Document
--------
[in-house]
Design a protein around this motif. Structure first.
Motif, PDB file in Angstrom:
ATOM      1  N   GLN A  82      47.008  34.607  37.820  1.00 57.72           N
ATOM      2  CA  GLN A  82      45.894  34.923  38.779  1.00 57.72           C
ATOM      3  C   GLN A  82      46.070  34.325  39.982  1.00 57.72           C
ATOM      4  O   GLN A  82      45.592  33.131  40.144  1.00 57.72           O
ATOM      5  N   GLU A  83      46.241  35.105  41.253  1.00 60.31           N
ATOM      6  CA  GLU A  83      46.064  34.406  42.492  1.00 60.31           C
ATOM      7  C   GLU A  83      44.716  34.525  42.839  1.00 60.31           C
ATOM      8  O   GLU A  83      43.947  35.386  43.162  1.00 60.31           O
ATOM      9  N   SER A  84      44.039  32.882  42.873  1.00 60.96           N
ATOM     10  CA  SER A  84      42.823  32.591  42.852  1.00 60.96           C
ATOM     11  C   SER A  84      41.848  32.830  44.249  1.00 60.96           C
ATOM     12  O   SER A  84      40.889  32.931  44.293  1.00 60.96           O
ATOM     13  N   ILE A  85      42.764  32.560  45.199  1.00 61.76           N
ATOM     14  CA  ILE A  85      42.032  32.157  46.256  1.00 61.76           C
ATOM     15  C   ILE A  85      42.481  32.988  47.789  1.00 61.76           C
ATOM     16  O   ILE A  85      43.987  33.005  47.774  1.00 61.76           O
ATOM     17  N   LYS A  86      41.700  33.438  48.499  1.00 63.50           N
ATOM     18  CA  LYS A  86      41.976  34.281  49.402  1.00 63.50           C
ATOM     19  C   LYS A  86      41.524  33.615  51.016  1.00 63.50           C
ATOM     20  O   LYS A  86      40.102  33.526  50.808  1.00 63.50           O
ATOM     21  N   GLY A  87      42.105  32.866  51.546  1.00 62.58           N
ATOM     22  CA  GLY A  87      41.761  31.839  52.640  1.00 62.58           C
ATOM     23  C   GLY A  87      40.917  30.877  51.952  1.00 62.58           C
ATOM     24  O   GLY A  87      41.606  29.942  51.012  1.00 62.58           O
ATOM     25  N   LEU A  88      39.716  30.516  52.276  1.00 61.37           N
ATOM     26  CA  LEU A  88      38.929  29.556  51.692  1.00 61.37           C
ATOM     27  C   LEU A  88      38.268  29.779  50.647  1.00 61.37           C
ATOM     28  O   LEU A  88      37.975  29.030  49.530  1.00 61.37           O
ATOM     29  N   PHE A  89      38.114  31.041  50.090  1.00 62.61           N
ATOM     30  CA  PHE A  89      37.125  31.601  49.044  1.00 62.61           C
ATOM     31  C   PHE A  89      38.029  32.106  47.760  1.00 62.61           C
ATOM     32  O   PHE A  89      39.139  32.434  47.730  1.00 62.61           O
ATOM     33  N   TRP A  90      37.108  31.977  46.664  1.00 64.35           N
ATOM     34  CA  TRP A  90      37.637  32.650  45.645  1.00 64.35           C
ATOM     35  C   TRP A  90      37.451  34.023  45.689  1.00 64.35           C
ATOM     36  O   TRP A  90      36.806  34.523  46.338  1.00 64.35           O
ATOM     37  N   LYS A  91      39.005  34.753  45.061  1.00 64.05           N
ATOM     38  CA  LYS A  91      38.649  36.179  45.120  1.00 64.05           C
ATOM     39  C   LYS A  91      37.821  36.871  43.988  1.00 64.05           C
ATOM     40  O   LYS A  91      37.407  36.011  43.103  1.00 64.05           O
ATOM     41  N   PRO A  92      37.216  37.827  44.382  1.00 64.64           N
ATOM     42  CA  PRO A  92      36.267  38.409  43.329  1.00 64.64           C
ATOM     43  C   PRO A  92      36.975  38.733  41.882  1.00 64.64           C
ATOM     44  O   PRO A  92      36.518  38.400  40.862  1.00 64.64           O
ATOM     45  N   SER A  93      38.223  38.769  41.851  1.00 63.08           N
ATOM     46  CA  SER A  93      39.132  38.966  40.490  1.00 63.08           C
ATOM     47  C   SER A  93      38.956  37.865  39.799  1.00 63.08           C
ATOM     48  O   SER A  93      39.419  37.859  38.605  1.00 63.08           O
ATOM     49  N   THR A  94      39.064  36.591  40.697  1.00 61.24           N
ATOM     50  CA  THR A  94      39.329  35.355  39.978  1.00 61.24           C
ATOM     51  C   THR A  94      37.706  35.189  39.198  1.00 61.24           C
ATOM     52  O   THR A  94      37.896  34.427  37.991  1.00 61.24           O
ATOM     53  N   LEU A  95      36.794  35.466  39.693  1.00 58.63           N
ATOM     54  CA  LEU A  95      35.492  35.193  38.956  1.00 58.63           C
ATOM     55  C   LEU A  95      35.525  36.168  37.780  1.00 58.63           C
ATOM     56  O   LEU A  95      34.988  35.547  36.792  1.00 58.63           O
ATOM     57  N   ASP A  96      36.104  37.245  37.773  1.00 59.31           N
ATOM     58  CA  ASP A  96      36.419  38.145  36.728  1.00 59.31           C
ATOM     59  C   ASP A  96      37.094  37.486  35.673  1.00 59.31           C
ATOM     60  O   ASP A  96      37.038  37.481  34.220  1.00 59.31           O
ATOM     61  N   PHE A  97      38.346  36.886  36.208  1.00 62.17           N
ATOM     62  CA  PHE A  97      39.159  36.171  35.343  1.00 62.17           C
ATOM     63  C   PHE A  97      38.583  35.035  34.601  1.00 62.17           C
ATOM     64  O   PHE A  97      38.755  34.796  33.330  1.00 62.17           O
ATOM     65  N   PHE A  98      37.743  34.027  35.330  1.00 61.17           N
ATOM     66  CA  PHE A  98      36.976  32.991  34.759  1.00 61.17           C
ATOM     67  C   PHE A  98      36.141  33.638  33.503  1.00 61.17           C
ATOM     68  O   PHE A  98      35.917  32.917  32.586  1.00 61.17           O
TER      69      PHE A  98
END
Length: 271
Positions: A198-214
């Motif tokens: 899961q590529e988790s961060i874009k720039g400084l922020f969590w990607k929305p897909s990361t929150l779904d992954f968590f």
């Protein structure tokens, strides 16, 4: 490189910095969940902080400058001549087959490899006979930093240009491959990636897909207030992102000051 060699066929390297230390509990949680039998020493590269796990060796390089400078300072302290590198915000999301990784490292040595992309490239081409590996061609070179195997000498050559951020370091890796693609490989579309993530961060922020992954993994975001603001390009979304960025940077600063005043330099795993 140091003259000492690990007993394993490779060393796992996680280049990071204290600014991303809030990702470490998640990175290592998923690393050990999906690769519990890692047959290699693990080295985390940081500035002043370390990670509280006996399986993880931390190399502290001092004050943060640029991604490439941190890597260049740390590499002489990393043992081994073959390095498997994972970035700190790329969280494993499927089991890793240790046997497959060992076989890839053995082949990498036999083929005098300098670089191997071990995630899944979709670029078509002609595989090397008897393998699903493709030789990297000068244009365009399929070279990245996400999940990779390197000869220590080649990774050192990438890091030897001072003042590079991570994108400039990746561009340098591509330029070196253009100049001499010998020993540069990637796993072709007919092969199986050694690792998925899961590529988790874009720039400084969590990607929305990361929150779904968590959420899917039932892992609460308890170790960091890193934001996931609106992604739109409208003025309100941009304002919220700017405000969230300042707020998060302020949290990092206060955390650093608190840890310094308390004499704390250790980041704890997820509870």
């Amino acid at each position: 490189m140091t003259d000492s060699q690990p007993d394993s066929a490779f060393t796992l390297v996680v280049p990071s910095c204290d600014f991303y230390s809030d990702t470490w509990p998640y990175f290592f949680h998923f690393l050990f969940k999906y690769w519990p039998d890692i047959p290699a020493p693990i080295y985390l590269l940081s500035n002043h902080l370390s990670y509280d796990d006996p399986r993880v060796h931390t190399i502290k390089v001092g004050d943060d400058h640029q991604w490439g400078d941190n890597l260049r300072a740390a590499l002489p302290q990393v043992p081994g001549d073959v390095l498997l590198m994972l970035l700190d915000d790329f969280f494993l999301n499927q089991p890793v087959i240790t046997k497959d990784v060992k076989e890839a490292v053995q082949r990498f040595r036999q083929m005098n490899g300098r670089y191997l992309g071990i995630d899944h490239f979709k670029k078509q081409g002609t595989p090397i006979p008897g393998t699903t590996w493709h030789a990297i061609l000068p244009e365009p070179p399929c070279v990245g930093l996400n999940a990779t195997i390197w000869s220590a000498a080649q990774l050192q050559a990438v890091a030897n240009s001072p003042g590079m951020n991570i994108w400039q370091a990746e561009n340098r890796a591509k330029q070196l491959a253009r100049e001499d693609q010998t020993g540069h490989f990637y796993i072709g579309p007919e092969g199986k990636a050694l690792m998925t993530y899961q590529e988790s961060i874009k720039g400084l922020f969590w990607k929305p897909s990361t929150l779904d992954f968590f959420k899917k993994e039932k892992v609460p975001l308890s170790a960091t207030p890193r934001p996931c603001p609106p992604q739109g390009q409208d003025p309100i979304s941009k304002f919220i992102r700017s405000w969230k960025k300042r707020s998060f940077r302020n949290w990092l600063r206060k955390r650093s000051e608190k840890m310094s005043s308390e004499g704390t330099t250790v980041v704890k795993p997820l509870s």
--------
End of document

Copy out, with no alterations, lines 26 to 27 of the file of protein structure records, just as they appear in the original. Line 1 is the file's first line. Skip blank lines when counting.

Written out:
ATOM     23  C   GLY A  87      40.917  30.877  51.952  1.00 62.58           C
ATOM     24  O   GLY A  87      41.606  29.942  51.012  1.00 62.58           O